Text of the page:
Monday, April 27, 2009

Do 'curiosity' style headlines work in direct marketing?



This arrived in the mail the other week.

Clearly they are hoping I'll be intrigued enough to open the envelope and see what it is all about. I was. But then again, I look at ads way too much. But for your (normal) busy person - does this work?

John Caples in his classic 'Tested Advertising Methods' cautioned that curiosity-style headlines in ads are risky. People don't care enough. Anybody have evidence suggesting otherwise?

This DM piece is for a charity. Given most non-profits don't have buckets of spare cash hanging around, I'd hate to think they are blowing budgets on risky communication strategies.

6 comments:

Conor Byrne said...

Assume you mean the headline is risky for the charity not the idea of DM

What charity was it for? Would be interesting to find out how it went for them?

Paul. said...

Well, I mean curiosity headlines are risky in general because a lot of people are too busy to care enough to open.

For example Conor, if this piece had been for a children's charity, you could have been interested but they lost you before you had a chance to get involved with the piece. I suspect they've have better chances of success if they cut to the chase and try and appeal to your interests immediately.

It was for worldvision. Who knows, it may have worked well. I don't know. Just don't think I'd take the risk.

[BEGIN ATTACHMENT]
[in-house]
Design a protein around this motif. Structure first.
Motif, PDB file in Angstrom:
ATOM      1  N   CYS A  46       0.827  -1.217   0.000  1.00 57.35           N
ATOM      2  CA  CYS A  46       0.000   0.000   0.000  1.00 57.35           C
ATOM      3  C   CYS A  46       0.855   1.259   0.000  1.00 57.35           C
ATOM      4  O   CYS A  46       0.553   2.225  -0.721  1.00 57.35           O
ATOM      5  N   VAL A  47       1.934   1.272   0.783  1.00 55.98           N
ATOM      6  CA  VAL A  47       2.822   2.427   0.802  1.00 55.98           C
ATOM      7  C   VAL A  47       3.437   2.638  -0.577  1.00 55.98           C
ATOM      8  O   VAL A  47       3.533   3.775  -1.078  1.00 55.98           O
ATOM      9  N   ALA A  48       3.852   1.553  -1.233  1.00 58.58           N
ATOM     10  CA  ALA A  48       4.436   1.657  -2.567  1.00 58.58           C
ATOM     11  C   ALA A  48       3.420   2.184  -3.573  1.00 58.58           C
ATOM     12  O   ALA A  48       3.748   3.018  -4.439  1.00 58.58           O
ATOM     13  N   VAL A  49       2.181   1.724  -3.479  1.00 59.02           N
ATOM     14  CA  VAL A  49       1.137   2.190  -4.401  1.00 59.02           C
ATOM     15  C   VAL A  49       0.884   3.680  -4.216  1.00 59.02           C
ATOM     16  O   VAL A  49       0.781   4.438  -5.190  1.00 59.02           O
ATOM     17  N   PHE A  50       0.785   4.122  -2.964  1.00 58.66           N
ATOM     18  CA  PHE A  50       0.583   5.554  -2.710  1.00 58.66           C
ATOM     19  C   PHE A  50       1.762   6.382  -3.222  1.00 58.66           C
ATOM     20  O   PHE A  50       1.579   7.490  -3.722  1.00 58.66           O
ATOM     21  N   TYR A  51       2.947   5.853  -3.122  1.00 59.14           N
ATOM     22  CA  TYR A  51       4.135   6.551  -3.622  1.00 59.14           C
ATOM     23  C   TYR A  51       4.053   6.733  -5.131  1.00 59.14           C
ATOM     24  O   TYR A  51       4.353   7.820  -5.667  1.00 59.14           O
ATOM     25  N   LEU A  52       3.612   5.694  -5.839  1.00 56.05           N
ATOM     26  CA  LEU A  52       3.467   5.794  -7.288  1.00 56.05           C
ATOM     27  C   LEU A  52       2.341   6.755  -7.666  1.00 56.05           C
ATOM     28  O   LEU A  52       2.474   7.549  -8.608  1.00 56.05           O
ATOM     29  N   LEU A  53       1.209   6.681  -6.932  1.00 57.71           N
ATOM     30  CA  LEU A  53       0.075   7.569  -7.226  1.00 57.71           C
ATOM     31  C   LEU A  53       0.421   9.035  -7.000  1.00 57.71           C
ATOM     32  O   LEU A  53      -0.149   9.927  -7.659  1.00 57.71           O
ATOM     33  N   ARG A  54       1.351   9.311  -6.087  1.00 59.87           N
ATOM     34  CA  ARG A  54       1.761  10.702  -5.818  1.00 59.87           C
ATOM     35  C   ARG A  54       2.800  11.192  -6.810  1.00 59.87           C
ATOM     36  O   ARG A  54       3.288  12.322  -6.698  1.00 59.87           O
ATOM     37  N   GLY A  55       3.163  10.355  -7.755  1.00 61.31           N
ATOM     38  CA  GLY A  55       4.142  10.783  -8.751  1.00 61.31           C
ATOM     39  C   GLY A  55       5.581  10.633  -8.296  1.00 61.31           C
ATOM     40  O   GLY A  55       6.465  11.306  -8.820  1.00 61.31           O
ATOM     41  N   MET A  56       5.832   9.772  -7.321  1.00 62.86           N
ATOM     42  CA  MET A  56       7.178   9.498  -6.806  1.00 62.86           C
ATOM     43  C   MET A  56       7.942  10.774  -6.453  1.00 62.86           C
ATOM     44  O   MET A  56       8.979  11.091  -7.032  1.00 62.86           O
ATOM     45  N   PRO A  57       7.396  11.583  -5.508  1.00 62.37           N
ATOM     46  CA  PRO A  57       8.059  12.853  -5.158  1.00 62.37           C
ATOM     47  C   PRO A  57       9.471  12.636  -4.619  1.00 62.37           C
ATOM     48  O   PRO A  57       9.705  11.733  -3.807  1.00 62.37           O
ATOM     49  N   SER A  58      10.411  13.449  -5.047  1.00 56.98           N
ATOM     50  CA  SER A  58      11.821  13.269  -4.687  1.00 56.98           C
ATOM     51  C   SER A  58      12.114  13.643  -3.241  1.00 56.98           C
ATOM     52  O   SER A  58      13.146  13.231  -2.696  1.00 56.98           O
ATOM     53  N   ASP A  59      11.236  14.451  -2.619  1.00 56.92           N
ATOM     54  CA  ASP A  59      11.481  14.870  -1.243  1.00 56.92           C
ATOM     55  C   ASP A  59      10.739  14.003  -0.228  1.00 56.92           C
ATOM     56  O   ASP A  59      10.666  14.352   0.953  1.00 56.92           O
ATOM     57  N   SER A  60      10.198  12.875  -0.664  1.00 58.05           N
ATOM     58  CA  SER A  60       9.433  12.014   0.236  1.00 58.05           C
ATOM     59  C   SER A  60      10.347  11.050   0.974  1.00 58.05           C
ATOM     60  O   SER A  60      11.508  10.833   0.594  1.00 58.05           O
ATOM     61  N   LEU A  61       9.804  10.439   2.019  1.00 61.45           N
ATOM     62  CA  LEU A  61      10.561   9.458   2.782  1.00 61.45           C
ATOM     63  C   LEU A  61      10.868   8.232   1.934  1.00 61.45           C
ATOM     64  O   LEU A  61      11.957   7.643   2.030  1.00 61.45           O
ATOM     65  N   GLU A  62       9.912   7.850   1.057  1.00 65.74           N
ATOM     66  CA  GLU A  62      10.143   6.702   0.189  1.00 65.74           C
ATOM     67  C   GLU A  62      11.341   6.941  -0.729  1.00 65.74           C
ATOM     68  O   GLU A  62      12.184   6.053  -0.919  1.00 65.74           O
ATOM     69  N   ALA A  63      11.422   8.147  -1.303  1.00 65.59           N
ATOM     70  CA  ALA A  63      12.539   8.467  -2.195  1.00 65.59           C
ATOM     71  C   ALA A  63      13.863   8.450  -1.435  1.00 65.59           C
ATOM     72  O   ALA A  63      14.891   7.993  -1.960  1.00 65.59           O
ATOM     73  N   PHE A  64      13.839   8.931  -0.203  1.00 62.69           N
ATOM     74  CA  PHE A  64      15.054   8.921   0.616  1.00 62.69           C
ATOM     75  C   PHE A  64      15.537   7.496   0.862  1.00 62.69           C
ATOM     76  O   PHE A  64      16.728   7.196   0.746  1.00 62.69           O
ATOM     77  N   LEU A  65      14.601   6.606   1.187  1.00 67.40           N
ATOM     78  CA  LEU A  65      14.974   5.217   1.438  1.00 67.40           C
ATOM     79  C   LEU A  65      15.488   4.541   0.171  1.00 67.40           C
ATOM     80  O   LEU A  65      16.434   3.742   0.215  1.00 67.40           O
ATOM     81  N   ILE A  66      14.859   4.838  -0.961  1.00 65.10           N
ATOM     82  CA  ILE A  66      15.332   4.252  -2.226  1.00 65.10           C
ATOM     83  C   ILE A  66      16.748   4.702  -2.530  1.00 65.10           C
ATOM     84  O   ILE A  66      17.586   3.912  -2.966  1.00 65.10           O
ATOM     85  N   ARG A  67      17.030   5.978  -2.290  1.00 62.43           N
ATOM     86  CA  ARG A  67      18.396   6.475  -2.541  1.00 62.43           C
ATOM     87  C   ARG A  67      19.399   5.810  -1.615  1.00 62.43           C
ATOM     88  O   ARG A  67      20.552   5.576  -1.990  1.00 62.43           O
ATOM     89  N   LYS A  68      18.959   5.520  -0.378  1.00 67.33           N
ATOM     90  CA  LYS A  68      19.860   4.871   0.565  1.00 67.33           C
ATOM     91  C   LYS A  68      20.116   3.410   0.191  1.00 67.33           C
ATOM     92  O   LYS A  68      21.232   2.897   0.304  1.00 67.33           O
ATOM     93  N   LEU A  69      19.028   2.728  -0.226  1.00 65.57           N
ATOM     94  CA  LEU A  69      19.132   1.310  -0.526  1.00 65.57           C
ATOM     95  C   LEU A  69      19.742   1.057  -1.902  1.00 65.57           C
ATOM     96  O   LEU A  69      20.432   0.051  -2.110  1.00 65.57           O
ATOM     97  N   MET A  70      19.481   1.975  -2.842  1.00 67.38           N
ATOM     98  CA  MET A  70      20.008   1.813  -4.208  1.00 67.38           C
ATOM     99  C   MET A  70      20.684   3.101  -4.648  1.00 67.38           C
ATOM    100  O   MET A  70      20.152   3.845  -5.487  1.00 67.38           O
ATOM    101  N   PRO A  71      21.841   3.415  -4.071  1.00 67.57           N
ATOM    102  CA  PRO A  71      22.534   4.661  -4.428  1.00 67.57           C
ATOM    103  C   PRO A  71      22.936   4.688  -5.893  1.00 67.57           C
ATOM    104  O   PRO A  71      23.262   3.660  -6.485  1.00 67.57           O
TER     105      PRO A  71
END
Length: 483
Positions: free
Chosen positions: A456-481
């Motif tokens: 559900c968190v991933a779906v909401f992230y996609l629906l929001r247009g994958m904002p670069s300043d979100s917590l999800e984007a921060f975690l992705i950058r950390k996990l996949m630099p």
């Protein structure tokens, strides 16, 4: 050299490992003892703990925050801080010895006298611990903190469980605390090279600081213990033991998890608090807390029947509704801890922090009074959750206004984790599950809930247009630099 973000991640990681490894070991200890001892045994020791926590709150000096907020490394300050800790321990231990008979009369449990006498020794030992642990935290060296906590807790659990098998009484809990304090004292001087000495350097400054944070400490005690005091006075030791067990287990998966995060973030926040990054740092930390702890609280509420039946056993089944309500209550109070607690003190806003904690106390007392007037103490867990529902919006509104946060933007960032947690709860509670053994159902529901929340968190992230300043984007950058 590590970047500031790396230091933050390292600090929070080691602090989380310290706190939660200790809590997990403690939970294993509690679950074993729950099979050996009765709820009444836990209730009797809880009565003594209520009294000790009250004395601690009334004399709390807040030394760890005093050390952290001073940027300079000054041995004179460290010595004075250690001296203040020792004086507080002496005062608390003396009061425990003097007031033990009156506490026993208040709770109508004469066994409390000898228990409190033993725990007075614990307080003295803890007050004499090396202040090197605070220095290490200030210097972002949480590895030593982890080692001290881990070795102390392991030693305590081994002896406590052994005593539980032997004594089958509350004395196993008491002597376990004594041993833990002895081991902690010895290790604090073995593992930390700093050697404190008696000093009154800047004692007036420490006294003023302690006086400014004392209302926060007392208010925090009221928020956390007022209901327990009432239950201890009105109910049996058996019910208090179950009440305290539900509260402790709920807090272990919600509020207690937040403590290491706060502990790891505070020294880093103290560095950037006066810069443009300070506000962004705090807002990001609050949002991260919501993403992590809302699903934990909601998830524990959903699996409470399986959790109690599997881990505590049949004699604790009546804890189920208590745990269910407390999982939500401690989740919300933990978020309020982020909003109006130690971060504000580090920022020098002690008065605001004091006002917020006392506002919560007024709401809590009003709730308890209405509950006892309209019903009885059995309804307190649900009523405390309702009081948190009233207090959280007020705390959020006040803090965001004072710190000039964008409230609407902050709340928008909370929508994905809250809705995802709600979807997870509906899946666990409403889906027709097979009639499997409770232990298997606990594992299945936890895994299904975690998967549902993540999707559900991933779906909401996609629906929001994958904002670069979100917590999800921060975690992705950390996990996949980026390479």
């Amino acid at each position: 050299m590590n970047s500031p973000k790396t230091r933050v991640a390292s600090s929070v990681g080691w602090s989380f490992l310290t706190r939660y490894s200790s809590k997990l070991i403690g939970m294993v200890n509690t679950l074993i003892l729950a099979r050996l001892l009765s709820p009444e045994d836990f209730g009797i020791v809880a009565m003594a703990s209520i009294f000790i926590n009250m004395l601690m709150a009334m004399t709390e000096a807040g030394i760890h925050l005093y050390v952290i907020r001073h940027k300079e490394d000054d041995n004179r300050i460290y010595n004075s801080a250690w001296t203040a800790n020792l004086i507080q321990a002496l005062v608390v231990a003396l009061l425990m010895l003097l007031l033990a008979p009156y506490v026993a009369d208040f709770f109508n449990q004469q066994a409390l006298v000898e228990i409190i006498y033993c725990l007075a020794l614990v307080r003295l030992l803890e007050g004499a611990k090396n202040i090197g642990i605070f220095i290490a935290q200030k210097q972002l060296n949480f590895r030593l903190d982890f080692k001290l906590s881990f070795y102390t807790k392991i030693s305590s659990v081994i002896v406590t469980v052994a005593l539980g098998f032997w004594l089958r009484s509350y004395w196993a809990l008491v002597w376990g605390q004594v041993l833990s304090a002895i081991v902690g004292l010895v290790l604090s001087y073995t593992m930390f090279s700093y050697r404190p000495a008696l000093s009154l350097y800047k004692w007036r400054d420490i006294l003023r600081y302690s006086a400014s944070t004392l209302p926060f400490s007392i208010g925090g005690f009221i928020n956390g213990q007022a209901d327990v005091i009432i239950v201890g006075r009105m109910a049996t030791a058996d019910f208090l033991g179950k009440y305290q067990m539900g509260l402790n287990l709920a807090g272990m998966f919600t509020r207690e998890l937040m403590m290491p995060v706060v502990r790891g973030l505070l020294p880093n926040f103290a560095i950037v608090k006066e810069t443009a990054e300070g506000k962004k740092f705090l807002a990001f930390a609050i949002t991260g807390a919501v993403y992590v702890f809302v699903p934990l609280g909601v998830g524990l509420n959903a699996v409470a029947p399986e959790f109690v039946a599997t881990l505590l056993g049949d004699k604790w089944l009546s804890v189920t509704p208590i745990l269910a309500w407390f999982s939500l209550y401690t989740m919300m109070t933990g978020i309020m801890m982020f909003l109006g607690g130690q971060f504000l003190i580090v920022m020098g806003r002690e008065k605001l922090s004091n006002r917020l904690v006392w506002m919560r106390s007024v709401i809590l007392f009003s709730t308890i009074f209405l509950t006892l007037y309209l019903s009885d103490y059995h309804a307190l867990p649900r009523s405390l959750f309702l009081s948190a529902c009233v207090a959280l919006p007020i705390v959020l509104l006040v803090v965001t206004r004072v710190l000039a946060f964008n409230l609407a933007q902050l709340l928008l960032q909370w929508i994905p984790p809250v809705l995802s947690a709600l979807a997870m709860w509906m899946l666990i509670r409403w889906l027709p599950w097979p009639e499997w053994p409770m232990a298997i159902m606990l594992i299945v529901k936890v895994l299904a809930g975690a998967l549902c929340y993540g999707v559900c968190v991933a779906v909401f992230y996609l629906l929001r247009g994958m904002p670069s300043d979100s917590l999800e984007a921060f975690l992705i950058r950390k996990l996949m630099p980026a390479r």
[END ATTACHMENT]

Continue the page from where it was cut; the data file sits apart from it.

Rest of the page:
Daniel Oyston said...

I think it is risky because you become skeptical. I am a bit like you, I look at and analyse this stuff more than the average person, but when I see that I think “The content is probably not relevant to me and that is why they need to use a hook like that to get me to open it”.

I am also very suspicious when there is no branding on the outside … are they embarrassed or trying to hide something? Either way, they would be better of focusing on creating a brand where people want to open mail from them.

I don’t like to promote my own blog in the comments of other people’s blogs but you may find this post I wrote on DM interesting http://theoysterproject.blogspot.com/2009/03/direct-mail-cool-lazy-and-stupid.html

lisadom said...

I thought it was for real estate. That is who I associate with curiousity marketing. So I wouldn't have opened it.

And I work (volunteer) with an NFP.

xx

Damian O'Broin said...

The golden rule with envelope copy is that it needs to get you closer to actually opening the envelope. If you're going to use any sort of teaser on the envelope you need to be damn sure it's something compelling enough to get the reader to the next step. This one isn't. It's not really engaging at all. Was there anything (branding, image, copy?) on the reverse?

I presume they're trying to dramatise something here - probably an eye disease, or maybe something along the lines 'in the time it takes you to blink, X children have died from...' If so, they could have done it much better. Re-phasing as a question would have been a start.

It strikes me as an example of someone trying to be clever. And clever rarely works with non-profit DM.

The other big concern I have with this type of approach is that it can sometimes amount to tricking people into opening the envelope. If you have to resort to tricking people to open you envelope then a) you've got a real credibility problem b) people tricked into opening are hardly going to turn into great supporters and c) you're likely to p**s people off - damaging your own brand and the image of the sector as a whole.

Paul. said...

Thanks for the comments folks. Some good stuff there.

Damian's 60+ tips on his blog is worth a read if any of you haven't seen it. (Conor, I know you have. You led me to it.)

Daniel, I had a read of your post too. Like the tattoo DM.